Online learning is the latest educational tool and online schools are popping up everywhere especially at the college level. However, it’s becoming just as popular at the high school level and even elementary age students have the choice to work from home on a public school supported online curriculum. NDEC recognizes the benefits of the flexibility online learning provides. Working with 9 partnering programs, NDEC’s Distance Learning Coordinator, Sr. Margaret Lanen, and her teachers use L.E.A.D (Learning English at a Distance), a website and curriculum to increase access to the huge population of eager students who are determined to master the English language despite struggling with busy work schedules and child care demands. NDEC knows that Distance Learning is the way of the future and we’re right on track, incorporating this flexible tool into our curriculum. We think we’re on to something here and we can’t wait to see where the endless possibilities of online learning take us!
Nelson Mandela said, “Education is the most powerful weapon which you can use to change the world.” The students at Notre Dame Education Center probably don’t think about changing the world every day. They come to class ready to learn, ready to change their lives and ready to achieve their goals. But getting their diploma or their GED does change the world. With NDEC’s support, they will take their skills back to their communities and start making a difference. Their goals and their dreams will become the goals and dreams of their families. Their story will inspire others to make the difficult decision to go back to school.
The students in the alternative High School Diploma Program are an inspiration to all of us at NDEC. Many of these at-risk youth are walking that dangerous line between success and failure. Success starts when they walk in the front doors of NDEC ready to commit to their education. With the guidance of NDEC’s compassionate and encouraging staff, these students begin to feel hope for their future. Now many of these young people are going out into the world prepared to take the next step. After Graduation on September 28th, 2012, these students will be attending a host of colleges including the School of Visual Arts, NYC, Miami Dade College, Bunker Hill Community College, Foundation Year at Northeastern, Salve Regina, Empire Beauty Program and the Ben Franklin Institute of Technology. They are making their dreams come true and NDEC is so proud to be at their side during this journey.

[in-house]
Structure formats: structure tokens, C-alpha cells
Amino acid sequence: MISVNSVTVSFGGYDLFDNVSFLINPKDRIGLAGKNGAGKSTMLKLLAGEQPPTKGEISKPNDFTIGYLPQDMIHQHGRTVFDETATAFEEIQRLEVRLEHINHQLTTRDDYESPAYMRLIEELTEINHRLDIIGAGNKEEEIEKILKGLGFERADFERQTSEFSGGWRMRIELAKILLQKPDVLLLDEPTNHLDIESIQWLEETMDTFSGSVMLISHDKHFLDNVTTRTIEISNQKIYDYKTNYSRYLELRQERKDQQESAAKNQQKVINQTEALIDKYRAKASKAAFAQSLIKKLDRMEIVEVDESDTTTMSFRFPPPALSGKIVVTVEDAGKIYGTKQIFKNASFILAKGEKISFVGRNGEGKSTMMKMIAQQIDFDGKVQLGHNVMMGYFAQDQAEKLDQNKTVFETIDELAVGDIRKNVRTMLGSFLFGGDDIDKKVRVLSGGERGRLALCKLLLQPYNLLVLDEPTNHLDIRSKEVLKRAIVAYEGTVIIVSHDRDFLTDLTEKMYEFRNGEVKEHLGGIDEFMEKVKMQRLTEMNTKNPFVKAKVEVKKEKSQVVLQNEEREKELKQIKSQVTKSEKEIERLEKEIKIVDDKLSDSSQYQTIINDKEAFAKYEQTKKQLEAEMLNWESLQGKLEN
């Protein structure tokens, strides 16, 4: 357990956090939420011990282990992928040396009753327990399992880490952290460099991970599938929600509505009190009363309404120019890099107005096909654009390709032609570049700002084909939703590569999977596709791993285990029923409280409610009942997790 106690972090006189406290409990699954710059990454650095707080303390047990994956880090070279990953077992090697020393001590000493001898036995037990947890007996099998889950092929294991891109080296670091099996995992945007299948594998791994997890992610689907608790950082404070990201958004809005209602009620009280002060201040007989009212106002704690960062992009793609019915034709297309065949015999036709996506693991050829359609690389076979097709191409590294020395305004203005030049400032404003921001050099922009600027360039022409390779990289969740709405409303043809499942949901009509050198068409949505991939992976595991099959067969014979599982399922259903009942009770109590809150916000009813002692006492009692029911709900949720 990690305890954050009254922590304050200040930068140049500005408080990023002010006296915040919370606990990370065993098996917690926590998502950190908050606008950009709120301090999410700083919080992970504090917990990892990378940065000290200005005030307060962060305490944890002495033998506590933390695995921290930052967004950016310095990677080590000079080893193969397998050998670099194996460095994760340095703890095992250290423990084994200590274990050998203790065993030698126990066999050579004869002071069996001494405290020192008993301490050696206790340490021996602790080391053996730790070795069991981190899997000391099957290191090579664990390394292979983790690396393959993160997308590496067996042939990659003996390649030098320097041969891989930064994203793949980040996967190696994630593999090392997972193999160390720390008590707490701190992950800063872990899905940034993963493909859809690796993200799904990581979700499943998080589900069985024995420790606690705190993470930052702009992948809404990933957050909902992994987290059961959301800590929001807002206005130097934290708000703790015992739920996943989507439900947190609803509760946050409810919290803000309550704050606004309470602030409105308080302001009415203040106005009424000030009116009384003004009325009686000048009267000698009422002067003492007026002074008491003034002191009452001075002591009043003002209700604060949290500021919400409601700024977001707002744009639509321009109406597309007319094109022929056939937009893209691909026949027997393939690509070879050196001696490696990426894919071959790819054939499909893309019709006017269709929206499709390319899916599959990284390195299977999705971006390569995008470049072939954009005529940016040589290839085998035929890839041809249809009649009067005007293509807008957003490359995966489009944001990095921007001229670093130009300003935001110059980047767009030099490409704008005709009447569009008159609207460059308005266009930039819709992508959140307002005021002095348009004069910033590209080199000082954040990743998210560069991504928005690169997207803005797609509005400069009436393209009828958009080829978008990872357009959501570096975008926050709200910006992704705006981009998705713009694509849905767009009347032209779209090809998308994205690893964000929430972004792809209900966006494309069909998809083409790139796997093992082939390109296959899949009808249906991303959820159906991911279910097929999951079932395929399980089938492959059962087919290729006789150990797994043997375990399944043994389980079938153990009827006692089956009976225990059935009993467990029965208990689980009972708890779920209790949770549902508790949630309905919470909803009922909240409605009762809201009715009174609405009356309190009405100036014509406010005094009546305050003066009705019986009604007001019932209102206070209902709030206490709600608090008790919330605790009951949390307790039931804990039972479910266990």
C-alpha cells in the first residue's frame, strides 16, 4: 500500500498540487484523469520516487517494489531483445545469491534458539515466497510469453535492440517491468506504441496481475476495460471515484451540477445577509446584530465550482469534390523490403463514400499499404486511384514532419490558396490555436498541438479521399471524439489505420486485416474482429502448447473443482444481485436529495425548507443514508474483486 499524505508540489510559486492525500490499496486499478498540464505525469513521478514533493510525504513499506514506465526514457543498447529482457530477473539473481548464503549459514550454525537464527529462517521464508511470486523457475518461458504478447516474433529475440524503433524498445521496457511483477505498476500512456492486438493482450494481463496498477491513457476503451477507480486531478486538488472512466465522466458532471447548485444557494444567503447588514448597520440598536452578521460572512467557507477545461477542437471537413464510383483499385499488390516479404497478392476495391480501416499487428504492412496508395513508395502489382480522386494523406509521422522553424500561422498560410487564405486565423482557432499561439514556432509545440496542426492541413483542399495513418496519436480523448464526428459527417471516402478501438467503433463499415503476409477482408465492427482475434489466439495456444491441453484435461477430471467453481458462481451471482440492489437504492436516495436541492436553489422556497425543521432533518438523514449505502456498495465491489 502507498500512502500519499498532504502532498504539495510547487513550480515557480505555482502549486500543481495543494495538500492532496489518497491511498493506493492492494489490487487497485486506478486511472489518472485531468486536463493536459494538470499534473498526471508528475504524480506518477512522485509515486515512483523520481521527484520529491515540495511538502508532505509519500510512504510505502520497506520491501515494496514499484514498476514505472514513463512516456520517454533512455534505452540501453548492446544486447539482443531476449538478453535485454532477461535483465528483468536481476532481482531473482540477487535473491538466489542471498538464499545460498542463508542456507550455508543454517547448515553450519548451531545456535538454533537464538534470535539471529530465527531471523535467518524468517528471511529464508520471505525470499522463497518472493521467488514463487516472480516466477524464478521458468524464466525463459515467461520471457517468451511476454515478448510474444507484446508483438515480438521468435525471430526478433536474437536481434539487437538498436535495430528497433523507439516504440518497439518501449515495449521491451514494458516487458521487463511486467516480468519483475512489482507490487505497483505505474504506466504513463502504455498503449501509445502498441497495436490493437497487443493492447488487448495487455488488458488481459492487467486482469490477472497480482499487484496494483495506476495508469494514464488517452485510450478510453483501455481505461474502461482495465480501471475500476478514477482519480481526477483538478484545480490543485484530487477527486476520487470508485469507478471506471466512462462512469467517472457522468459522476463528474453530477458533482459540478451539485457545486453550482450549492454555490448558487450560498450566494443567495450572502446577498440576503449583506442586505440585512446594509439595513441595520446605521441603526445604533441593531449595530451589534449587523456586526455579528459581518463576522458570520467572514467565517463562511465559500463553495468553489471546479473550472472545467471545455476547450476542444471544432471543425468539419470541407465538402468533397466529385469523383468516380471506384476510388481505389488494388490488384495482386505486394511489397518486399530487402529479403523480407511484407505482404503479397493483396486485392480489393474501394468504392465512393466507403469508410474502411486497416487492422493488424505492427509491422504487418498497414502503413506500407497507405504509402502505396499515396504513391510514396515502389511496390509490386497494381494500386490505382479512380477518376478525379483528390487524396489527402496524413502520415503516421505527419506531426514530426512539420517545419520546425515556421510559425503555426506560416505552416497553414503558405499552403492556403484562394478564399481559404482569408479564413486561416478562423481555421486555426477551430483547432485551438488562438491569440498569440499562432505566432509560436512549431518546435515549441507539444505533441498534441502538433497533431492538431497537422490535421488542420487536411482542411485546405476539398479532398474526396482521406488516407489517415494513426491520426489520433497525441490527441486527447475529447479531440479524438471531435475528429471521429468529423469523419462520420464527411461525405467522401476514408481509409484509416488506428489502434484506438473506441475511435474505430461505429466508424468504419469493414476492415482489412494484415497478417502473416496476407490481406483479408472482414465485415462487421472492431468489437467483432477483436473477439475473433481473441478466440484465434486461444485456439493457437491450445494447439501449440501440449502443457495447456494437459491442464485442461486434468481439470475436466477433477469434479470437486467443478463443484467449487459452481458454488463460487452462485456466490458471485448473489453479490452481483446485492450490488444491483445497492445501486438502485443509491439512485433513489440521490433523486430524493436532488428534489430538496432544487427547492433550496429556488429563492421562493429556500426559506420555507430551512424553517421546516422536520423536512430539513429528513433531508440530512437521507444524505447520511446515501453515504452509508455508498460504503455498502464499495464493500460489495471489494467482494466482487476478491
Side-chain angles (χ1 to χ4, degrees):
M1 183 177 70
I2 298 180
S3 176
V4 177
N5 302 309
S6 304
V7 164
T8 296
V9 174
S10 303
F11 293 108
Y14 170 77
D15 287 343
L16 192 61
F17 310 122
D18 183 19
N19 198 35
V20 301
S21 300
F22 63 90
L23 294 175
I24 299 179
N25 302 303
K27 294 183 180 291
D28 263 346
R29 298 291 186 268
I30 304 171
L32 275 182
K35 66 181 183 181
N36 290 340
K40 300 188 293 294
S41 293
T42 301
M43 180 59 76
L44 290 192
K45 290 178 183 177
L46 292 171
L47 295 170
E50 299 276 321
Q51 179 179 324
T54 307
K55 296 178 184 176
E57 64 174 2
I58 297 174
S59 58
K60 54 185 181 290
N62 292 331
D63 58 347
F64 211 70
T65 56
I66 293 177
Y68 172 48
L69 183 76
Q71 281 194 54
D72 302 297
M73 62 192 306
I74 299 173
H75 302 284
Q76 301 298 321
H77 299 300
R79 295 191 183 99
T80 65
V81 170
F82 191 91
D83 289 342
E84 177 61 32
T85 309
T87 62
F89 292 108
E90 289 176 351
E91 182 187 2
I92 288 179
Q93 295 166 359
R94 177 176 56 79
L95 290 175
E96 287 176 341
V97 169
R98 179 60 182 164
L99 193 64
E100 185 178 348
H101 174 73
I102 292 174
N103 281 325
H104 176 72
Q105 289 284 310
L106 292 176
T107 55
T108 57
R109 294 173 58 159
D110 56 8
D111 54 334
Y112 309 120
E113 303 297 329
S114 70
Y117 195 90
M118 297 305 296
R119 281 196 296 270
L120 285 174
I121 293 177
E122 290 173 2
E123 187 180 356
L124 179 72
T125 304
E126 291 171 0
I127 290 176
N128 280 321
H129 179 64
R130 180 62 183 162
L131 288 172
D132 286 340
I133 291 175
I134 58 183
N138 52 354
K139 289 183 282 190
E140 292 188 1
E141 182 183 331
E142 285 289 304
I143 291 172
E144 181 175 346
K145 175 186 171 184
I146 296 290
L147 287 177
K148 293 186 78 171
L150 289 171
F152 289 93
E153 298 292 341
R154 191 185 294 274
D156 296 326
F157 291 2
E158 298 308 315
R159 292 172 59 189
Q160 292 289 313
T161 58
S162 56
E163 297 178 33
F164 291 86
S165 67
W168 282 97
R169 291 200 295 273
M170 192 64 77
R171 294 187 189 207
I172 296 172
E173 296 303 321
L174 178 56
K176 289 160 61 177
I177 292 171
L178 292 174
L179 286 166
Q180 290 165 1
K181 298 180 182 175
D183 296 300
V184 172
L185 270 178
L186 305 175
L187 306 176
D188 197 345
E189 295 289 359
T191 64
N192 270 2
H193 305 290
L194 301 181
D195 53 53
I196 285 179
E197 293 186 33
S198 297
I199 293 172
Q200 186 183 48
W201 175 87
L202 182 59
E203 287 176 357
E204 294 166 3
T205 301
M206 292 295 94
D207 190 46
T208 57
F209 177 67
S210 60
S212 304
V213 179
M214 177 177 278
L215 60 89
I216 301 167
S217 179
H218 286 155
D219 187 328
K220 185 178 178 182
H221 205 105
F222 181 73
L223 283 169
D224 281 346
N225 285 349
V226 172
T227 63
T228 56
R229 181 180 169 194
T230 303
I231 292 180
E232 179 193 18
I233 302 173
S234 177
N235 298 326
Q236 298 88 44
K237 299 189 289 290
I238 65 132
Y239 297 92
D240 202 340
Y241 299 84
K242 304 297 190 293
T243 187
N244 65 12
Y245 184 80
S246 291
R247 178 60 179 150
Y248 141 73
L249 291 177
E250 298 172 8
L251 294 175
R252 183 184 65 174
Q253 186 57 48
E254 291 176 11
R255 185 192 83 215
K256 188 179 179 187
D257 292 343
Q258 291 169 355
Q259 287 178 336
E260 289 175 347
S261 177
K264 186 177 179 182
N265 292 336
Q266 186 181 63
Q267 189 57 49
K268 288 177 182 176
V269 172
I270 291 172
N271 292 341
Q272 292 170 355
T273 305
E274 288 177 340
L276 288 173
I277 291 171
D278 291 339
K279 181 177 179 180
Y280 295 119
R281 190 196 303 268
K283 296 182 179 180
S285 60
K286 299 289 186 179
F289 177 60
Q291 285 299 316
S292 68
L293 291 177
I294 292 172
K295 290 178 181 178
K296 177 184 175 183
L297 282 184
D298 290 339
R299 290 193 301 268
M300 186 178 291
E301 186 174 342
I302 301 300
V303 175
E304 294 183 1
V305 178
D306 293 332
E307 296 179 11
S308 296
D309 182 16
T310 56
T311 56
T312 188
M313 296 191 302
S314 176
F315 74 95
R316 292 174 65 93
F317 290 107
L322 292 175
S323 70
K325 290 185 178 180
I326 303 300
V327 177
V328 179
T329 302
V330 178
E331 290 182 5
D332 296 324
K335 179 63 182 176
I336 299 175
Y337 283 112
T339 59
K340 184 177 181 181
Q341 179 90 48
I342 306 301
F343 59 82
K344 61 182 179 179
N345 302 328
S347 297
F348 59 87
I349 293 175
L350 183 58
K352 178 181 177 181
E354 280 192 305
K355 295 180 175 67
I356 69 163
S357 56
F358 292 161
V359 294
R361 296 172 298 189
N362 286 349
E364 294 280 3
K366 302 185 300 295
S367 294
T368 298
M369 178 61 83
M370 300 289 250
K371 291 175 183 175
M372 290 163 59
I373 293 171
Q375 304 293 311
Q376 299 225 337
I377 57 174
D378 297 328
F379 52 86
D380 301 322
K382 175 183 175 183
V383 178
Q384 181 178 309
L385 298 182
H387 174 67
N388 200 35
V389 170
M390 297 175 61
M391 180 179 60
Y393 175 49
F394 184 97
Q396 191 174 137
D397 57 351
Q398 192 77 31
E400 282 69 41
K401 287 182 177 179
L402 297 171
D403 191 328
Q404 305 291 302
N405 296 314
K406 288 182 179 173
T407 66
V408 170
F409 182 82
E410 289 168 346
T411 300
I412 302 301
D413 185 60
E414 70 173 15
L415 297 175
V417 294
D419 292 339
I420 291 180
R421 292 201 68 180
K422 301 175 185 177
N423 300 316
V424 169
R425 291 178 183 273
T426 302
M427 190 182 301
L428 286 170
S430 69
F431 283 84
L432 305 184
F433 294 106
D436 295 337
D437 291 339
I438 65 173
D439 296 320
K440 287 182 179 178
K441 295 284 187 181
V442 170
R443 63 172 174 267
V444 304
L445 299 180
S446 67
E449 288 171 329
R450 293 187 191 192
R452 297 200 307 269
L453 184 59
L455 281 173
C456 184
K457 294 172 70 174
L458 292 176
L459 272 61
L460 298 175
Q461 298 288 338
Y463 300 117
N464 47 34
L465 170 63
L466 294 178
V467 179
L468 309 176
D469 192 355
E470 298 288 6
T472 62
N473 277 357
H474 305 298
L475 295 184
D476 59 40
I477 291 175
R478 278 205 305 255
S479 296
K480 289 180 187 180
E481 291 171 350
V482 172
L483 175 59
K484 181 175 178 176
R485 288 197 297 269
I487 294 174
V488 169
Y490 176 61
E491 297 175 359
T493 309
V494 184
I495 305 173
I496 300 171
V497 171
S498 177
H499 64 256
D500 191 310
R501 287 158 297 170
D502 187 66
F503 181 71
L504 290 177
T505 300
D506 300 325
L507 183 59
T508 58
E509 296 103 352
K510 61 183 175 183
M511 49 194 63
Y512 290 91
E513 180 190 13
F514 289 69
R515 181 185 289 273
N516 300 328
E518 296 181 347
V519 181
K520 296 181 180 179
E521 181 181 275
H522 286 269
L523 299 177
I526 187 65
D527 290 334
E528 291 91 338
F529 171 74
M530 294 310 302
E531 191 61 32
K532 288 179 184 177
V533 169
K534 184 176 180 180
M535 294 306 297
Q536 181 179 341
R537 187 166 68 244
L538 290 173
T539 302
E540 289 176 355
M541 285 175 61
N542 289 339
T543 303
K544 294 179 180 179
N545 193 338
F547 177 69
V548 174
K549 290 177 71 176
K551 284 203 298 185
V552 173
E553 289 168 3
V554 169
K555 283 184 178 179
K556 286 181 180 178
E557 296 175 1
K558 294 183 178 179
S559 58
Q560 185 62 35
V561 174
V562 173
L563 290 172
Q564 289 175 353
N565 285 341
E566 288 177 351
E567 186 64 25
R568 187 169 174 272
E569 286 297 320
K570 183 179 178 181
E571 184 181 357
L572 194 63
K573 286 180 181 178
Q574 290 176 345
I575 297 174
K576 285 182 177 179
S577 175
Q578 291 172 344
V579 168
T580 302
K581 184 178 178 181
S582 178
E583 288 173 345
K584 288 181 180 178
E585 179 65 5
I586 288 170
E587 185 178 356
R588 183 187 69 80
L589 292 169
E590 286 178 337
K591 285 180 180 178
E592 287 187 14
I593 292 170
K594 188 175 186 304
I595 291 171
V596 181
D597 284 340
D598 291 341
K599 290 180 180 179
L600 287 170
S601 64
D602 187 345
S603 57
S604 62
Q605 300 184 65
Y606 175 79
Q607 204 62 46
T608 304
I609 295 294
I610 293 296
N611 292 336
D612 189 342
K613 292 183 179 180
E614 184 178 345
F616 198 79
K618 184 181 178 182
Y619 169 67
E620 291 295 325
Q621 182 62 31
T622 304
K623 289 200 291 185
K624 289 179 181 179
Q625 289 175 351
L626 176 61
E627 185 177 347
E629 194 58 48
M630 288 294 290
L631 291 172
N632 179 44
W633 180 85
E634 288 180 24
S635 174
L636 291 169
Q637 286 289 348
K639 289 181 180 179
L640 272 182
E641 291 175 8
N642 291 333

Photo credit to http://www.nelsonmandela.net
Big things are happening in Notre Dame Education Center’s Literacy Program! The program consists of Adult Basic Education and G.E.D. preparation classes that run September-June each year. The students are a unique group. Some have come from other countries and yet others are native Bostonians. Many return to get their certificate because they want to be role models for their children. Each one of them has goals and dreams and they come to NDEC ready to them a reality.
This is an exciting time for some of our G.E.D students. They are taking their exams that they have been preparing for during the past year or even longer. On September 28th, they will be graduates of NDEC! One such student, a few years ago, crossed our stage and received his diploma. He grew up in Mexico in a working class family. He came to the United States ready to realize his dreams. He married, became a U.S. Citizen, learned English and earned his G.E.D before heading to Boston University to get his degree. These days he’s putting his skills to use working at BNY Mellon. He feels he has achieved the “American Dream” and we couldn’t agree more.
Our G.E.D. graduates are leaving this Center at a difficult economic time but they have been given the tools for success: education, determination, courage and self-esteem. They will accomplish great things and we’re proud of the great strides they’ve taken as students here. They have bright futures and we can’t wait to see where they’ll go next!